We all know the numbers. Each blood donation can save up to four lives.
One of them could have been mine.
In 2014, I lost a lot of blood during surgery, and was close to needing a transfusion. Fortunately, it was ultimately deemed unnecessary.
However, the experience really opened my eyes. I was asked a couple of times whether I was worried about getting someone else's blood.
As a long-time donor, I knew the system was the safest it had ever been, and getting better all the time. The questions got me thinking.
I decided to talk up my experience more often, and more publicly, to help dispel some of the myths and stigma that surround this relatively simple procedure. Sometimes, I share donation pictures even though they might make some of my friends squeamish.
I won't lie. It hurts a little. I also hoped that someone else would decide to donate when I needed it, and so it only seemed right that I encourage others to do likewise.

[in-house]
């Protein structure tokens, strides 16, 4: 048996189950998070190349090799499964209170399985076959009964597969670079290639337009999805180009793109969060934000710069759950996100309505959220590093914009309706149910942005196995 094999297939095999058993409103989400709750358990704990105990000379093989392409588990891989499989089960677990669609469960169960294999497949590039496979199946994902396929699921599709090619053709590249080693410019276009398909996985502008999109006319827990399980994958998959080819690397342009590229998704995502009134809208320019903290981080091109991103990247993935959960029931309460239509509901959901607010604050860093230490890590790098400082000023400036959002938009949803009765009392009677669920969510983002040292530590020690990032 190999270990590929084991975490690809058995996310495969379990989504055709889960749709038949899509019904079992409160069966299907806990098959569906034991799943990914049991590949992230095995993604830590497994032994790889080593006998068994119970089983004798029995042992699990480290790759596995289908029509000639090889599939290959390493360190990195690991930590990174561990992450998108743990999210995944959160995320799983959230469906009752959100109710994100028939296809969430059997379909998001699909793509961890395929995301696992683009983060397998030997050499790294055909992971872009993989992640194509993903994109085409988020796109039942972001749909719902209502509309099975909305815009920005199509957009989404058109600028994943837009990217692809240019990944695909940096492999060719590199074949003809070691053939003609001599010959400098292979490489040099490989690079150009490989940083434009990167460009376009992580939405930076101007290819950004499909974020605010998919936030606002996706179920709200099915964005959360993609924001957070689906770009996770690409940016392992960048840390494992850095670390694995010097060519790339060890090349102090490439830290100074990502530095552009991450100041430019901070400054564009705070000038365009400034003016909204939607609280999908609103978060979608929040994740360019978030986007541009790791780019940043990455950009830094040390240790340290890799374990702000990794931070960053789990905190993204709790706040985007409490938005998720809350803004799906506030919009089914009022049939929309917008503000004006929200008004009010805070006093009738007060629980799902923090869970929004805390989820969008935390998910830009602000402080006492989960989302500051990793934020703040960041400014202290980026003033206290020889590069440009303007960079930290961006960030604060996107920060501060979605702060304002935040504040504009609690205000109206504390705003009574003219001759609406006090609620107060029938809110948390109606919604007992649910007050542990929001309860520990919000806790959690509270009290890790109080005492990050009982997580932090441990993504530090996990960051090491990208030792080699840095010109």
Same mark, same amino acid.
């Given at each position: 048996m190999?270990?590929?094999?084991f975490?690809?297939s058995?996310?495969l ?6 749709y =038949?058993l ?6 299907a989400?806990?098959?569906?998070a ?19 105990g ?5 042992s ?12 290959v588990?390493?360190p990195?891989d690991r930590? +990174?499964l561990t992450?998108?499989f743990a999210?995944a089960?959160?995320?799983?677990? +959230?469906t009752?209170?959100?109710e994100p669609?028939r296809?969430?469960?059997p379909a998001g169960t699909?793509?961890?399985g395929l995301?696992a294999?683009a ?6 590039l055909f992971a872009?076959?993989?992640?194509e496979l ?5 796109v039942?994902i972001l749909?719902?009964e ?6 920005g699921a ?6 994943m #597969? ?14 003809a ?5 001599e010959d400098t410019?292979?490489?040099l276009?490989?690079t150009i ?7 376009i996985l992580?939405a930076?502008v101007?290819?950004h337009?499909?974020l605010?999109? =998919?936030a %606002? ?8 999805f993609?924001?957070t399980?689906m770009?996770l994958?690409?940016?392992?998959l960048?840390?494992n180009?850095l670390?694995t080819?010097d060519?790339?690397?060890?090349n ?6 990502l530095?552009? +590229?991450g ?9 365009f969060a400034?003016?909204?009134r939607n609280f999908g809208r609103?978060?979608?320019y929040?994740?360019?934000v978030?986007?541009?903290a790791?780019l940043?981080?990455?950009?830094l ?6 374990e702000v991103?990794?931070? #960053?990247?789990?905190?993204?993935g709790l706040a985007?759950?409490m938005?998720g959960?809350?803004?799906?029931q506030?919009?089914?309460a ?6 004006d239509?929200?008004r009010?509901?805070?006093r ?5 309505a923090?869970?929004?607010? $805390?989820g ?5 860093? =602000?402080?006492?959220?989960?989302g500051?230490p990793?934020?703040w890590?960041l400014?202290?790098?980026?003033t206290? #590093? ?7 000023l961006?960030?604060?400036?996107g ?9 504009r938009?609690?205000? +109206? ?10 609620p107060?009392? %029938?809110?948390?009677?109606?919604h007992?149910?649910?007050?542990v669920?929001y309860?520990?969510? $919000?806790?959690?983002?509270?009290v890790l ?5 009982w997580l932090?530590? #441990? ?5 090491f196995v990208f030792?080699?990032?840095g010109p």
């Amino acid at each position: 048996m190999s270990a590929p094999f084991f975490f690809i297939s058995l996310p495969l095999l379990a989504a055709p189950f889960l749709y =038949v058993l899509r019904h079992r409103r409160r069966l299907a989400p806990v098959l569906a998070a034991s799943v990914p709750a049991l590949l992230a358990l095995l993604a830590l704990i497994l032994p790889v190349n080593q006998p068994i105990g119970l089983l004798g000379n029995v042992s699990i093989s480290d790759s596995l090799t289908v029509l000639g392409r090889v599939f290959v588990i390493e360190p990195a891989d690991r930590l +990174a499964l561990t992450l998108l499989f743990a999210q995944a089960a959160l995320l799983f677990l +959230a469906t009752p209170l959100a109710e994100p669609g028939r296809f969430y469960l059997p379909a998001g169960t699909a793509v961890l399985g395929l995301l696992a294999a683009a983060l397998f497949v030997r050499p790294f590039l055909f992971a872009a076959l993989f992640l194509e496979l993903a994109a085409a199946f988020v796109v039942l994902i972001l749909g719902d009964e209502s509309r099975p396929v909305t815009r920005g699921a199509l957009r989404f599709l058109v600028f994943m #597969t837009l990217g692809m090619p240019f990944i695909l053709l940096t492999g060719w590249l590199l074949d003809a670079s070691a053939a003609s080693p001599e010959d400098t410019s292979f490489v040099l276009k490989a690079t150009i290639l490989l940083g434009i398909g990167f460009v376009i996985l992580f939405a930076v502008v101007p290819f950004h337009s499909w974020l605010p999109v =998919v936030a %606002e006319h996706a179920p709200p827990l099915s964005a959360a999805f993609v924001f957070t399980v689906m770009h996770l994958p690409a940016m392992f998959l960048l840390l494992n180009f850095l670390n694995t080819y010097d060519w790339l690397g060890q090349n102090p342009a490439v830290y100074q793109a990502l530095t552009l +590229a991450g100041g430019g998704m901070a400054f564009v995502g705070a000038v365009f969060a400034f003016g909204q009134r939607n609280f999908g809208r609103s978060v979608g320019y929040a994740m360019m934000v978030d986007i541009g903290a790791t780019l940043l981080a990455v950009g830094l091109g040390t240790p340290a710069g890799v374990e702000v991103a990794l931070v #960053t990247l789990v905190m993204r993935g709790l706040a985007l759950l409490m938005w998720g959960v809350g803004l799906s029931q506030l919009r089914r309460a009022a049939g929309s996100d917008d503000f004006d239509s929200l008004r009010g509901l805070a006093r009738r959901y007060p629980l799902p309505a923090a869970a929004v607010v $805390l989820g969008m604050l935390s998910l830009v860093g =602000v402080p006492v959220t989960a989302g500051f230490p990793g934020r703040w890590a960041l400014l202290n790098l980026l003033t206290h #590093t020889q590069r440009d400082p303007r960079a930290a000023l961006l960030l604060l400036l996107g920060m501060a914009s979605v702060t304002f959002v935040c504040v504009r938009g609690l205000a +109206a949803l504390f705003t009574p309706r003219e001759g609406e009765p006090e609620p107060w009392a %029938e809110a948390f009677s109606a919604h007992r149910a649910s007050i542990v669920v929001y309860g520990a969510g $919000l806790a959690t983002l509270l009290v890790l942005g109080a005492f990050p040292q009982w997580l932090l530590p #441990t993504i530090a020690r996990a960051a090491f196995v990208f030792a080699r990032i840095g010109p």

There are a lot reasons people don't donate blood. Sometimes they're afraid of needles, or they have a medical issues that preclude them. There are still groups of people who are, sadly, excluded for the wrong reasons, although that's slowly improving, too.
Sometimes people just don't think of it, or don't plan to make it to the clinic when the opportunity arises.
Whatever your reasons, here's another way you can help. If you're already a donor, I hope you'll take this as a gentle reminder to get off your keester and make your next appointment.
On Sept. 13 I'm planning to make my 100th blood donation, in memory of Jacques Katz, a friend of a friend. Please help me share the gift of life with others.